4. Pay the Application Fee: There is a non-refundable $205 application fee for submitting an OIC application. However, this fee may be waived for taxpayers who meet certain low-income guidelines. 

5. Wait for Review: After submitting your application and supporting documentation, the IRS will review your offer and determine whether or not it’s acceptable based on their evaluation of your ability to pay.

Tips On Submitting A Successful Offer:  

1. Be Honest: It’s important to be honest and forthcoming with all of your financial information when applying for an OIC. Any discrepancies or omissions can result in the rejection of your offer. 

2. Provide Detailed Information: The more detailed information you provide about your financial situation, the better chance you have of being accepted into the OIC program. 

3. Consider Hiring a Professional: While it’s possible to complete an OIC application on your own, many taxpayers choose to hire a tax professional who has experience with these types of applications. 

Applying for an Offer in Compromise can be a complex process but following these steps and providing all necessary documentation will increase your chances of success.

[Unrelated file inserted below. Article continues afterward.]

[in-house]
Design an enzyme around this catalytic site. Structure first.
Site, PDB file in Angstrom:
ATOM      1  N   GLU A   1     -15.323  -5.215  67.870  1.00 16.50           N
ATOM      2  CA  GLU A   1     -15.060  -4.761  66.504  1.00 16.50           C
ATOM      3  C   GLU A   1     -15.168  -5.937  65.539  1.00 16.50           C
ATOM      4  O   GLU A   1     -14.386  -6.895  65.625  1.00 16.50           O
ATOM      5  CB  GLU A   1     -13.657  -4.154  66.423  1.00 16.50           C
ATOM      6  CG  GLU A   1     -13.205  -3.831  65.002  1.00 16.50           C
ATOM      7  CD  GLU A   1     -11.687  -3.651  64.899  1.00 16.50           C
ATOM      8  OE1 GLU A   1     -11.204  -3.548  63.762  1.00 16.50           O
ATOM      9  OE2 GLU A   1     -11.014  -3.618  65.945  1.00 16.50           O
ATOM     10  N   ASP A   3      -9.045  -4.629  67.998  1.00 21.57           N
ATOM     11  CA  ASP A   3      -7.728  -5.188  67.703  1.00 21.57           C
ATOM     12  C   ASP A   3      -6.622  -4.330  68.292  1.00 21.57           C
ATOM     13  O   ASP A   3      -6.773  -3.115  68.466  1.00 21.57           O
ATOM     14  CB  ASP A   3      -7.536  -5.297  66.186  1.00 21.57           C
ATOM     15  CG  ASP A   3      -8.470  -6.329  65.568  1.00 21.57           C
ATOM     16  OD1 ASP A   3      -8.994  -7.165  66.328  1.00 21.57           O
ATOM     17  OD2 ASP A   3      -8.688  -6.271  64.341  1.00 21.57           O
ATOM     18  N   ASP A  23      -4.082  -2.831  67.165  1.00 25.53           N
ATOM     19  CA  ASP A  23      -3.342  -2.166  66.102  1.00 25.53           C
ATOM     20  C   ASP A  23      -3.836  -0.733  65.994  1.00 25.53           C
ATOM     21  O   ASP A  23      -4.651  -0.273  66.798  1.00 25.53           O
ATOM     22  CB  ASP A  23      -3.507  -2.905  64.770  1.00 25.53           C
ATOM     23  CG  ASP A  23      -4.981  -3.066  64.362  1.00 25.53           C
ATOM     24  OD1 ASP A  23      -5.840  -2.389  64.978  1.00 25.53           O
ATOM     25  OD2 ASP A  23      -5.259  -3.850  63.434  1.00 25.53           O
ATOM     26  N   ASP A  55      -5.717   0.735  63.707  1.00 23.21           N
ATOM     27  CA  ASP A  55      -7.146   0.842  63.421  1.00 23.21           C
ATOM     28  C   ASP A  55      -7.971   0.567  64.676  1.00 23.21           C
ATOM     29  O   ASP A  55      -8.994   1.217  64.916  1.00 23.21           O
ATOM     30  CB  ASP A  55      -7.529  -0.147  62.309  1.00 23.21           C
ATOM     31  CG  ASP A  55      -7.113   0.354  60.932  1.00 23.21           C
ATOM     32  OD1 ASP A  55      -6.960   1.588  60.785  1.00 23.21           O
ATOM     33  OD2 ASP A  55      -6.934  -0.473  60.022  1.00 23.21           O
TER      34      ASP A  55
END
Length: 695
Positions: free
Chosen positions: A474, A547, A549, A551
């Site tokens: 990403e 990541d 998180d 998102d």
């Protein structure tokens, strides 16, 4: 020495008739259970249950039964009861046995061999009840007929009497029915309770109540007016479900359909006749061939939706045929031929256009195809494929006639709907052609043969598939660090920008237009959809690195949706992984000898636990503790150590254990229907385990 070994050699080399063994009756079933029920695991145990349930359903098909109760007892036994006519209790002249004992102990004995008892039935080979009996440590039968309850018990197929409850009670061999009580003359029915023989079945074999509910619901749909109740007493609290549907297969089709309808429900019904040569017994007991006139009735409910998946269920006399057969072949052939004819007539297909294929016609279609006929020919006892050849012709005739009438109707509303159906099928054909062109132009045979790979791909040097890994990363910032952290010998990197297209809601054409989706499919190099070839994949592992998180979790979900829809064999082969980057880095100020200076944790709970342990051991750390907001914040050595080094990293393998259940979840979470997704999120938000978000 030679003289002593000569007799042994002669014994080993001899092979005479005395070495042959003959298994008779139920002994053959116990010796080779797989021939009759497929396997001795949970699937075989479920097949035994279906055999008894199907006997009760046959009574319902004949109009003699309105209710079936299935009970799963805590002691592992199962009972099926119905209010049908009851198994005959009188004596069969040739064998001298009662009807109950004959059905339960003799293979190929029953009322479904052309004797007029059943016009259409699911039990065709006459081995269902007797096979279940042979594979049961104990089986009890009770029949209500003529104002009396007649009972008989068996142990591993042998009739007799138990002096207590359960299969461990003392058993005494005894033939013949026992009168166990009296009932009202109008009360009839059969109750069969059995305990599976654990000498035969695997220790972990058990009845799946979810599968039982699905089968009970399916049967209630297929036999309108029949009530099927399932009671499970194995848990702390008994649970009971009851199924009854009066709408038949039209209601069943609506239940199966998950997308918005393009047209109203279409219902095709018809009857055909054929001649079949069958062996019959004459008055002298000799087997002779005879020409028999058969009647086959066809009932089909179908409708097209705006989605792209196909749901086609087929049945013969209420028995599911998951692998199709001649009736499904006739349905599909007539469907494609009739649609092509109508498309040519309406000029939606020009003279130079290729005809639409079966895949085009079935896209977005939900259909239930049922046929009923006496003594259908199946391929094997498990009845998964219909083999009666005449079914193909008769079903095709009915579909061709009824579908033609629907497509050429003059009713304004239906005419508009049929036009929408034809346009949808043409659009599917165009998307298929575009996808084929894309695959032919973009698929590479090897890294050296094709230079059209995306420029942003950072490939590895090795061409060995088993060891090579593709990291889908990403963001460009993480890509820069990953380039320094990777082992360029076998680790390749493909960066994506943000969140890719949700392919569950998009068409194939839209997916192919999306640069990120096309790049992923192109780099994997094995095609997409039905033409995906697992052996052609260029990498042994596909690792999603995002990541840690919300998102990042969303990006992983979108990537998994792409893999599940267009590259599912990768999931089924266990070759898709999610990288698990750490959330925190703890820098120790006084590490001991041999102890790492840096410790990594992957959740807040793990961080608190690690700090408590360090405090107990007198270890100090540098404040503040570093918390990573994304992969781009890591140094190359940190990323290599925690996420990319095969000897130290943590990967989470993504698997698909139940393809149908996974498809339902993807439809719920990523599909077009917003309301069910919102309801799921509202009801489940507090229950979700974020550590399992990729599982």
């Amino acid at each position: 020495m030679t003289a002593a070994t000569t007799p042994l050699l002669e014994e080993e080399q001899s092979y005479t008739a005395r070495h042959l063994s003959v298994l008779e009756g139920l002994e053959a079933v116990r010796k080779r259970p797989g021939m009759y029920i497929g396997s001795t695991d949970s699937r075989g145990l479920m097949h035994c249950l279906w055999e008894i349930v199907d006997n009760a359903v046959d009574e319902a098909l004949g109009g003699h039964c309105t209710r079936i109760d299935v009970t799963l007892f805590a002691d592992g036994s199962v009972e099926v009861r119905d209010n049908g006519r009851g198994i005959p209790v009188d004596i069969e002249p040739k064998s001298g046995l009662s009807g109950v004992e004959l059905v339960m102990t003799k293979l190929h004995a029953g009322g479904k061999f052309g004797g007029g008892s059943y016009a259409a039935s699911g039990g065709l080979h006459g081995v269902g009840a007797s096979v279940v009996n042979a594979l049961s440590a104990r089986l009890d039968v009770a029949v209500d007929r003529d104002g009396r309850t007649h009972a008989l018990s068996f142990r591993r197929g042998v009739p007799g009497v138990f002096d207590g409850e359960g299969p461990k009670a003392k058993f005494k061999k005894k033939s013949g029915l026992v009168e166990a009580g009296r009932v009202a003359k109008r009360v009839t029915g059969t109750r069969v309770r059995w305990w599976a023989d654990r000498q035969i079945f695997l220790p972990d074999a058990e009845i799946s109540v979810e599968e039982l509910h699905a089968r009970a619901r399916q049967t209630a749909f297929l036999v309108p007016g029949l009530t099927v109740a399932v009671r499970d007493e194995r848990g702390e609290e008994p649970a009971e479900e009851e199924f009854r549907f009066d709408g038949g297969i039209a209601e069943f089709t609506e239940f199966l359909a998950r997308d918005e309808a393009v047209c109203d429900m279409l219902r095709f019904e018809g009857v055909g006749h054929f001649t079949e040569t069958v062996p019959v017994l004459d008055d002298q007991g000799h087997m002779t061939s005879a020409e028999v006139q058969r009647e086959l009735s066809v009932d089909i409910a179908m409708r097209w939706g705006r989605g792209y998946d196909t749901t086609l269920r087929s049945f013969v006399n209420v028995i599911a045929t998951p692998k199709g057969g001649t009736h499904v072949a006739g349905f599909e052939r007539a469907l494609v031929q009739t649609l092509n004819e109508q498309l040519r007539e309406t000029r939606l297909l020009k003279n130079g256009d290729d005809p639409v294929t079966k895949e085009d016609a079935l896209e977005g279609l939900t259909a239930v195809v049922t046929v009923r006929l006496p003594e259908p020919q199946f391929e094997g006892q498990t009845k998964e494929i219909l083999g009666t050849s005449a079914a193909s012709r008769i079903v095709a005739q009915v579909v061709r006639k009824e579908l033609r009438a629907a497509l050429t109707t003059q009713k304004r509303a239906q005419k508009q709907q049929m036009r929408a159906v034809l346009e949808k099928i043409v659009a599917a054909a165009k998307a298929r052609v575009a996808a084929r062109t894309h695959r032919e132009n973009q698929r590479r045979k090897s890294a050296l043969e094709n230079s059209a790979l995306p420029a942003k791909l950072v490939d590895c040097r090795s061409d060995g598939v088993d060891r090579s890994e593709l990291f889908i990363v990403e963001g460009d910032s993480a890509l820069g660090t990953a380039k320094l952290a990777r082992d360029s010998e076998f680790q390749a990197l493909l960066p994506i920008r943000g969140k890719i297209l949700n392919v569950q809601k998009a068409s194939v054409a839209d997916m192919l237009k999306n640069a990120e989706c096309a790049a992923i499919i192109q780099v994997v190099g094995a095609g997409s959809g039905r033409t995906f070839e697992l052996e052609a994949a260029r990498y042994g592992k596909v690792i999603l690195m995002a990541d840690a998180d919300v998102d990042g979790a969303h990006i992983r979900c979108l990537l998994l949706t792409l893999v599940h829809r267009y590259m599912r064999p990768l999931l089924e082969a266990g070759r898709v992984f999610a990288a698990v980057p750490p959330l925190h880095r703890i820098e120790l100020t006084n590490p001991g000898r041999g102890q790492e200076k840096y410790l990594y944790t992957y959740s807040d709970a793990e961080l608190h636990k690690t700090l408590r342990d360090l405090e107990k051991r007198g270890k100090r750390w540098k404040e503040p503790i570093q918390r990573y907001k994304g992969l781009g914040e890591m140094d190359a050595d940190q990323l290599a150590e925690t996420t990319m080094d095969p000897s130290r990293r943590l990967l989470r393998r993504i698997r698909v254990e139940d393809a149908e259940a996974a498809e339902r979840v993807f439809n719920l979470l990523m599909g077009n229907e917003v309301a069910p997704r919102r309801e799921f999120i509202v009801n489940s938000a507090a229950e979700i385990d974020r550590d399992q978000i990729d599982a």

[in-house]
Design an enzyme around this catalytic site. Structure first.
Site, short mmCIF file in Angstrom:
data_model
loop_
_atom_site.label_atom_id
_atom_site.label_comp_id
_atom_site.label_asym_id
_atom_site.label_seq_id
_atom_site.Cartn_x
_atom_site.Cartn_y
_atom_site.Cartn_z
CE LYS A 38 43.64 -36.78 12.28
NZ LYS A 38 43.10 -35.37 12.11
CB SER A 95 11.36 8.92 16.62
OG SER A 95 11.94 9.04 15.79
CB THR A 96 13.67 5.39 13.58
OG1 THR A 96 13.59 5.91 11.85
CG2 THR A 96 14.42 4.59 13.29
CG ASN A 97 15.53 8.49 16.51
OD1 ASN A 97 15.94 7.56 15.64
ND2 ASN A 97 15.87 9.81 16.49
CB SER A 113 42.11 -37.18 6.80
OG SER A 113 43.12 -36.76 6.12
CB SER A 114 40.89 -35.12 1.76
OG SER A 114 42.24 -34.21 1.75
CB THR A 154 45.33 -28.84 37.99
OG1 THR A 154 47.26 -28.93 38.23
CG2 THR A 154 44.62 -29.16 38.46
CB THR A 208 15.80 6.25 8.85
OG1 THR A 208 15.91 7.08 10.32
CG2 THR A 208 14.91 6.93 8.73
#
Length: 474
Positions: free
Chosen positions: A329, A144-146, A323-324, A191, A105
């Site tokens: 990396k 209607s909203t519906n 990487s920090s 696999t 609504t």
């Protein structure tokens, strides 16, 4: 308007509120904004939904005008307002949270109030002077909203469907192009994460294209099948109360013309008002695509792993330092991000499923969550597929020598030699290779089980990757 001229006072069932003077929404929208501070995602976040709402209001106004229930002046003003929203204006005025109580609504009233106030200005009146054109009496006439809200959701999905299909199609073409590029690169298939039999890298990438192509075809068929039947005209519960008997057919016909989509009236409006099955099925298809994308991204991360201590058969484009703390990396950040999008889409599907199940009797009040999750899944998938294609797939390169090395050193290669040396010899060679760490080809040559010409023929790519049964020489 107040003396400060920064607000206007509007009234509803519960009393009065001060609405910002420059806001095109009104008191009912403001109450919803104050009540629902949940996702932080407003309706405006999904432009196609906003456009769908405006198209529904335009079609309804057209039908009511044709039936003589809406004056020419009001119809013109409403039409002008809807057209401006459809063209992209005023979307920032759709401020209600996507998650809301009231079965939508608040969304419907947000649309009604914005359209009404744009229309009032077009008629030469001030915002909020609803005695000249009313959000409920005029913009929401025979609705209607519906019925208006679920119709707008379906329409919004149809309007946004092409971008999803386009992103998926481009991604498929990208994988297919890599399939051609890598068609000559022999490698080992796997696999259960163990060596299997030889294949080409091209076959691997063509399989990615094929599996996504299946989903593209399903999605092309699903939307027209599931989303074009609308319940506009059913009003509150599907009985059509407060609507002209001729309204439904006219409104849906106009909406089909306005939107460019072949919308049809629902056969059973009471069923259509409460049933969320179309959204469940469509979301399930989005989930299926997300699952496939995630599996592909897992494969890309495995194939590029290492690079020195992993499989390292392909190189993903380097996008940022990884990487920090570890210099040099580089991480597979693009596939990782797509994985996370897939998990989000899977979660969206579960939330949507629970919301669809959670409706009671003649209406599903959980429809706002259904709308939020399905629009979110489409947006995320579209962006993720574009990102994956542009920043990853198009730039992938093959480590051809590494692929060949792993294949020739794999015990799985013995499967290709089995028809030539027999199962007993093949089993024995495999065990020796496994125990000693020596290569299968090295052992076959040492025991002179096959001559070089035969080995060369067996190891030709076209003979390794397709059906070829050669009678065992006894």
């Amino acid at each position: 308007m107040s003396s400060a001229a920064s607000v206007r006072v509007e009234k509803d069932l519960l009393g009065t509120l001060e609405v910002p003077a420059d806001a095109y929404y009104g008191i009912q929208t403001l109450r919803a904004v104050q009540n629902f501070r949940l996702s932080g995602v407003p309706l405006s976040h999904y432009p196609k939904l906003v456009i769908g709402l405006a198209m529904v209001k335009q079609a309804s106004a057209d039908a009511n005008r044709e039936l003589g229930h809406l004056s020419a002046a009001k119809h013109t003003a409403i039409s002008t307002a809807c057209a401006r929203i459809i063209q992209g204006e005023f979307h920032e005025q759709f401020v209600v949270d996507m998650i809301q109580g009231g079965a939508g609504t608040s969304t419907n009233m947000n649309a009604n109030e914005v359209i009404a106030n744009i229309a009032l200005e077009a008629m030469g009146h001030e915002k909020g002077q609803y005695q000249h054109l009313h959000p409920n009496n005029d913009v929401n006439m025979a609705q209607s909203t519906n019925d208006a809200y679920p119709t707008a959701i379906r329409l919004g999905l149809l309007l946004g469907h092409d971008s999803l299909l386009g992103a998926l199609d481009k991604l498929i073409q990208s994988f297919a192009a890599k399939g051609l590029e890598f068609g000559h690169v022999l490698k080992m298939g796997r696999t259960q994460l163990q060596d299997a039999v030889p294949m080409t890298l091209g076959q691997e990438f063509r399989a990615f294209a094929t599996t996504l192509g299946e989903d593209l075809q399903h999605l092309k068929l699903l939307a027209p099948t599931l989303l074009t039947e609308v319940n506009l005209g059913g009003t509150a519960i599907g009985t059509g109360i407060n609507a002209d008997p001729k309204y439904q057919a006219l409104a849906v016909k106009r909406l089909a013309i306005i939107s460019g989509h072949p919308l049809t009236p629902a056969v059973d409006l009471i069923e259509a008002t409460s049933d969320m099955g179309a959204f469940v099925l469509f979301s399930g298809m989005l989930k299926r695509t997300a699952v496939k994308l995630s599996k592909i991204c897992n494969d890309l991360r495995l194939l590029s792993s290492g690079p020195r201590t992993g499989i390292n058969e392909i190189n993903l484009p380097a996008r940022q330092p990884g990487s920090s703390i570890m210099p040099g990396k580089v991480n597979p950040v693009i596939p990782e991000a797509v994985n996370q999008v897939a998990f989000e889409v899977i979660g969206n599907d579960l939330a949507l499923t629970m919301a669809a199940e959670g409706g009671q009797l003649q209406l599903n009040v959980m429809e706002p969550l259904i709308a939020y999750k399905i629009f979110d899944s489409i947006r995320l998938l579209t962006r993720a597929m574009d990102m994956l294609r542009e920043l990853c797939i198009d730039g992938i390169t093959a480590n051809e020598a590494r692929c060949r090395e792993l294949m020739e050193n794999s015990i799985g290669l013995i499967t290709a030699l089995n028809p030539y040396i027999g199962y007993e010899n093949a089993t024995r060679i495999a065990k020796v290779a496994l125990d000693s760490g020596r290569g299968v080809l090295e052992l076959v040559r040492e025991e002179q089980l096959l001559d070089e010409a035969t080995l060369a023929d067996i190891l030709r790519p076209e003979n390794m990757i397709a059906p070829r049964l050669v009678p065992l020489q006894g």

Conclusion:  

Knowing if you may qualify for an IRS Offer in Compromise (OIC) is a great first step to getting your tax debt and future plans on the right track. OICs can offer significant forgiveness of payment and provide you with a fresh financial start. Remember, to qualify for an OIC, there must be doubt as to your ability to pay or collectibility. It can also be necessary to show that the payment of tax liability discussed in the offer is in full satisfaction of the debt owed.

Always consult a professional when considering such strategies and discuss in detail how you might benefit from this type of agreement. Taking control over your IRS debt can make all the difference when it comes to budgeting, taxes, and overall financial wellness – so take a step forward today by learning more about how an OIC could help you achieve your goals!